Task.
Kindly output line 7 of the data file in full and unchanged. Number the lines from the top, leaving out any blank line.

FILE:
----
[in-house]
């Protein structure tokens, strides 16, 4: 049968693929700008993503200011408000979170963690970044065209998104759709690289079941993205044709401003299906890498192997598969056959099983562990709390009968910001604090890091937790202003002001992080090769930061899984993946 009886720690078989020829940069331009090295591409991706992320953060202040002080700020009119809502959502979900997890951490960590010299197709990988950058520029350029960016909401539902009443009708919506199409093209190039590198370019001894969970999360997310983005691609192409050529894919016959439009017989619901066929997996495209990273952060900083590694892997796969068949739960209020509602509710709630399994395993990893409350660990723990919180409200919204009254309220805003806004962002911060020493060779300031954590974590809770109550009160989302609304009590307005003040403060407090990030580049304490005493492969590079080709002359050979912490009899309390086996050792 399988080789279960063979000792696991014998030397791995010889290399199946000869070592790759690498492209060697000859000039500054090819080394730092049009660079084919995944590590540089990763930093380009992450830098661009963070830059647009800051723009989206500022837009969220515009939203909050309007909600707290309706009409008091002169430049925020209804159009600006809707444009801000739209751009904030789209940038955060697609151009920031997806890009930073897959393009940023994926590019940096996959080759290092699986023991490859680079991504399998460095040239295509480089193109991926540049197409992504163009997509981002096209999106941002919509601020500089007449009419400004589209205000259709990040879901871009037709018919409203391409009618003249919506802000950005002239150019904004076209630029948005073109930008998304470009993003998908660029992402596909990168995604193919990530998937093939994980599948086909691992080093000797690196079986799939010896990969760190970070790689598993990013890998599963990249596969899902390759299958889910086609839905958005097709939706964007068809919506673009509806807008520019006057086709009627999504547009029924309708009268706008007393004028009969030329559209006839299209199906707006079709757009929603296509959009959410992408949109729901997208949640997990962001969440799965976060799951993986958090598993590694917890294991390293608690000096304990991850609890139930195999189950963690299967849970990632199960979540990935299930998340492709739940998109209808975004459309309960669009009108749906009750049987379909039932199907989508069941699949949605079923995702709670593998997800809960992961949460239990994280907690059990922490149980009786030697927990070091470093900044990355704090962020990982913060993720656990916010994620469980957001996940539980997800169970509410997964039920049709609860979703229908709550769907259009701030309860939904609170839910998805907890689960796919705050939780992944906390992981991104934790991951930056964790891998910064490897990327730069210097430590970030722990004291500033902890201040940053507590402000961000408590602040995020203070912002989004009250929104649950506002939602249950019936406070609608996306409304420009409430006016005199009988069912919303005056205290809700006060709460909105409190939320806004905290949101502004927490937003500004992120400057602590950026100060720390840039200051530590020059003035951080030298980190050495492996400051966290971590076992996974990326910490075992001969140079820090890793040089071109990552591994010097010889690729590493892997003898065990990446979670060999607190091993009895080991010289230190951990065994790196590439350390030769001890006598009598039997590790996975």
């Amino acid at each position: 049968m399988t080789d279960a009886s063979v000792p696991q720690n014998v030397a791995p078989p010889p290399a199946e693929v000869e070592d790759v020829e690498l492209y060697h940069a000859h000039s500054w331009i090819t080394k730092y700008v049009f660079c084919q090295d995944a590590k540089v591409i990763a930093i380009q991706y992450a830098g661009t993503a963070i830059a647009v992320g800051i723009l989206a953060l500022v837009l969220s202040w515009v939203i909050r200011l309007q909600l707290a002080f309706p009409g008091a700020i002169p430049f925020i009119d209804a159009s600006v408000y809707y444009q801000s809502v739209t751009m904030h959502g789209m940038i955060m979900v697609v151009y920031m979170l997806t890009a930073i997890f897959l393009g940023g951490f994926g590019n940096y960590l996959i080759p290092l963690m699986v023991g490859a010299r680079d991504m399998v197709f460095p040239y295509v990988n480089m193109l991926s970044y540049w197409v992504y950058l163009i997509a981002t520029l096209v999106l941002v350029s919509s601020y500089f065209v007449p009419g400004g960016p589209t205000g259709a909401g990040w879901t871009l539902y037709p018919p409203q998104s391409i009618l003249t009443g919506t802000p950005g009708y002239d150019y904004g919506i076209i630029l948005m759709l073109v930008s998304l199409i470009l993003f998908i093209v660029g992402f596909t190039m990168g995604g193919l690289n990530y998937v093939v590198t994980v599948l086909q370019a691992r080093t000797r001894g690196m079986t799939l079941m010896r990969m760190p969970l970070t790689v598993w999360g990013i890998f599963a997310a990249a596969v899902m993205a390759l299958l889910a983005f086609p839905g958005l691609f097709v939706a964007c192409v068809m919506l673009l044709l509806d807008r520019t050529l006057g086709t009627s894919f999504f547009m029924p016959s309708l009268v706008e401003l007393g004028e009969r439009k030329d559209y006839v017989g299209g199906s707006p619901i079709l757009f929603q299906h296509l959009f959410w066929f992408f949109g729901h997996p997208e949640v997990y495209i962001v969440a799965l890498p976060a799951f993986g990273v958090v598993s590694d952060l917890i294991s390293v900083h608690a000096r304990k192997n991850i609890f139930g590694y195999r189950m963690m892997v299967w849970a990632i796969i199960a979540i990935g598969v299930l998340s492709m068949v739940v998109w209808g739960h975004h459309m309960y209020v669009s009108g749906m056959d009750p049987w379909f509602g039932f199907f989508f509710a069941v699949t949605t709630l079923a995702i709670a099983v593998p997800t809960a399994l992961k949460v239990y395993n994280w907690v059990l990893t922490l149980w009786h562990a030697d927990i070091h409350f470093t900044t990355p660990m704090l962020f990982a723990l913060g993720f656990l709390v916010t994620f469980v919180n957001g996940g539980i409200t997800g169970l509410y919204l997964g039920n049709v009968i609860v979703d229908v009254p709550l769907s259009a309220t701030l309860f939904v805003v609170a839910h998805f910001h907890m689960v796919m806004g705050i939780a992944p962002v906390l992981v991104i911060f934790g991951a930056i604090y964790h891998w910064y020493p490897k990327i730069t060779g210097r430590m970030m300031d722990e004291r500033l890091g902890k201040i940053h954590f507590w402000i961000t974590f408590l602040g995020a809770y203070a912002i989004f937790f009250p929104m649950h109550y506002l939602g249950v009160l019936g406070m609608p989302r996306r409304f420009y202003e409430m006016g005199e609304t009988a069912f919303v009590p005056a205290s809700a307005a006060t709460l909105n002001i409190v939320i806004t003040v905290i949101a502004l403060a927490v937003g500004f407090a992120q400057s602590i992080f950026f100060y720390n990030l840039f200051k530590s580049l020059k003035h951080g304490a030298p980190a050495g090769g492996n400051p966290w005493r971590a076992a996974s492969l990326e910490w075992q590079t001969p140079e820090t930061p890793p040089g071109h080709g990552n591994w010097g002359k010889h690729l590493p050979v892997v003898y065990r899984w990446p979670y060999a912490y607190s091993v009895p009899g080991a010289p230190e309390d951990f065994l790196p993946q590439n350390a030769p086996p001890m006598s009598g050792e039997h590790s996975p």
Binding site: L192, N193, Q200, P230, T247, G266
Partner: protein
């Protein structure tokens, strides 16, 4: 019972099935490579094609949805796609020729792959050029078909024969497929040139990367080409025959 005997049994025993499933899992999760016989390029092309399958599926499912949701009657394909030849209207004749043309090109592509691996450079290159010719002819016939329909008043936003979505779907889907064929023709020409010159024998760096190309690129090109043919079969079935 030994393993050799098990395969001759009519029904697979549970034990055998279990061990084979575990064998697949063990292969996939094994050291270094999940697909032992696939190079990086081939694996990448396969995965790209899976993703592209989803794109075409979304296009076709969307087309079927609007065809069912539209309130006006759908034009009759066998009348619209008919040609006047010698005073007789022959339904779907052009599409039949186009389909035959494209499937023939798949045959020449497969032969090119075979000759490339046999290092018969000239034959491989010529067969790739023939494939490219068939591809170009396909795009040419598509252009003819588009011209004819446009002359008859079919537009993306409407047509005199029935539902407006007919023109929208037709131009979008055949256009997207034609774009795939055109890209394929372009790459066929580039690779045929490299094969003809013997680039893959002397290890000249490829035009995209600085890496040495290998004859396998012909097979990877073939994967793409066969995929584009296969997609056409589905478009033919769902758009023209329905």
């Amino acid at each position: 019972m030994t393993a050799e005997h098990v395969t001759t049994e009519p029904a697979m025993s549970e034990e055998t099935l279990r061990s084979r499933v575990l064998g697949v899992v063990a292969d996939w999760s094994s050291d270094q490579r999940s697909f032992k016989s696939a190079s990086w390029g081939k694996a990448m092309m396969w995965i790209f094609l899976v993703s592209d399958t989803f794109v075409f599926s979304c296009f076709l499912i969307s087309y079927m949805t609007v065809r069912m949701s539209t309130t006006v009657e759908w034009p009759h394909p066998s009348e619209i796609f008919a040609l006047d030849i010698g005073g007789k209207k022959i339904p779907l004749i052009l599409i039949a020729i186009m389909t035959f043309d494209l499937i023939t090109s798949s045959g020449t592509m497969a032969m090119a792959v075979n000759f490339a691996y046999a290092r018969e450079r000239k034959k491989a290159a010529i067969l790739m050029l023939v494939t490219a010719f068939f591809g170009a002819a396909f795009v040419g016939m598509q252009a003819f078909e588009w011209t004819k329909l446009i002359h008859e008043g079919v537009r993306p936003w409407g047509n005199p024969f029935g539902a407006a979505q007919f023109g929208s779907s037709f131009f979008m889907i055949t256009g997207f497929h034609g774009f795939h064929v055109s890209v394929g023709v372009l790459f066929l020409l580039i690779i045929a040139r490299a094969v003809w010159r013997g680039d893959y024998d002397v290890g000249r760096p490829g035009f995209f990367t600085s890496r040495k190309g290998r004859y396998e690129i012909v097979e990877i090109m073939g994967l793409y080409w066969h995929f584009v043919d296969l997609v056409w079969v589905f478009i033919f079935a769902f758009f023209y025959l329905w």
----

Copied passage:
């Amino acid at each position: 019972m030994t393993a050799e005997h098990v395969t001759t049994e009519p029904a697979m025993s549970e034990e055998t099935l279990r061990s084979r499933v575990l064998g697949v899992v063990a292969d996939w999760s094994s050291d270094q490579r999940s697909f032992k016989s696939a190079s990086w390029g081939k694996a990448m092309m396969w995965i790209f094609l899976v993703s592209d399958t989803f794109v075409f599926s979304c296009f076709l499912i969307s087309y079927m949805t609007v065809r069912m949701s539209t309130t006006v009657e759908w034009p009759h394909p066998s009348e619209i796609f008919a040609l006047d030849i010698g005073g007789k209207k022959i339904p779907l004749i052009l599409i039949a020729i186009m389909t035959f043309d494209l499937i023939t090109s798949s045959g020449t592509m497969a032969m090119a792959v075979n000759f490339a691996y046999a290092r018969e450079r000239k034959k491989a290159a010529i067969l790739m050029l023939v494939t490219a010719f068939f591809g170009a002819a396909f795009v040419g016939m598509q252009a003819f078909e588009w011209t004819k329909l446009i002359h008859e008043g079919v537009r993306p936003w409407g047509n005199p024969f029935g539902a407006a979505q007919f023109g929208s779907s037709f131009f979008m889907i055949t256009g997207f497929h034609g774009f795939h064929v055109s890209v394929g023709v372009l790459f066929l020409l580039i690779i045929a040139r490299a094969v003809w010159r013997g680039d893959y024998d002397v290890g000249r760096p490829g035009f995209f990367t600085s890496r040495k190309g290998r004859y396998e690129i012909v097979e990877i090109m073939g994967l793409y080409w066969h995929f584009v043919d296969l997609v056409w079969v589905f478009i033919f079935a769902f758009f023209y025959l329905w």